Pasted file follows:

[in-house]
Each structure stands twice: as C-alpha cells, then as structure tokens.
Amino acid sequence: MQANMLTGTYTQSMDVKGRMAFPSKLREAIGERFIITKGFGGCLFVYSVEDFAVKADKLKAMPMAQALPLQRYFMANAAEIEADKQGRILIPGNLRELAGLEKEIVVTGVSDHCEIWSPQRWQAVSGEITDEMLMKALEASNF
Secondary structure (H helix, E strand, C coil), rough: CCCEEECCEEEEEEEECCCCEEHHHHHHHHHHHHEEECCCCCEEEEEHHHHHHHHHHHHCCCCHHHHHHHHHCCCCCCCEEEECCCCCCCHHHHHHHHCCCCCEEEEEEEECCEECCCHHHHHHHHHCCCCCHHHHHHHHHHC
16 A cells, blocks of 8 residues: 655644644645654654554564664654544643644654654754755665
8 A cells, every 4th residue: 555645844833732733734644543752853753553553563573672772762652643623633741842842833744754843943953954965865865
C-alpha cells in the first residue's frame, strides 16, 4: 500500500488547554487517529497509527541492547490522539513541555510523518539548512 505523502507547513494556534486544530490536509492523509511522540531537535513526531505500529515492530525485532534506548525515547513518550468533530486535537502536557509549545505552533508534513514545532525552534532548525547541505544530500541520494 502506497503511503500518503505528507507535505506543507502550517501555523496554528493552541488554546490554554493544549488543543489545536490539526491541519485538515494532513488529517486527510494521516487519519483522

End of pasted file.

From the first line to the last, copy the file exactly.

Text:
[in-house]
Each structure stands twice: as C-alpha cells, then as structure tokens.
Amino acid sequence: MQANMLTGTYTQSMDVKGRMAFPSKLREAIGERFIITKGFGGCLFVYSVEDFAVKADKLKAMPMAQALPLQRYFMANAAEIEADKQGRILIPGNLRELAGLEKEIVVTGVSDHCEIWSPQRWQAVSGEITDEMLMKALEASNF
Secondary structure (H helix, E strand, C coil), rough: CCCEEECCEEEEEEEECCCCEEHHHHHHHHHHHHEEECCCCCEEEEEHHHHHHHHHHHHCCCCHHHHHHHHHCCCCCCCEEEECCCCCCCHHHHHHHHCCCCCEEEEEEEECCEECCCHHHHHHHHHCCCCCHHHHHHHHHHC
16 A cells, blocks of 8 residues: 655644644645654654554564664654544643644654654754755665
8 A cells, every 4th residue: 555645844833732733734644543752853753553553563573672772762652643623633741842842833744754843943953954965865865
C-alpha cells in the first residue's frame, strides 16, 4: 500500500488547554487517529497509527541492547490522539513541555510523518539548512 505523502507547513494556534486544530490536509492523509511522540531537535513526531505500529515492530525485532534506548525515547513518550468533530486535537502536557509549545505552533508534513514545532525552534532548525547541505544530500541520494 502506497503511503500518503505528507507535505506543507502550517501555523496554528493552541488554546490554554493544549488543543489545536490539526491541519485538515494532513488529517486527510494521516487519519483522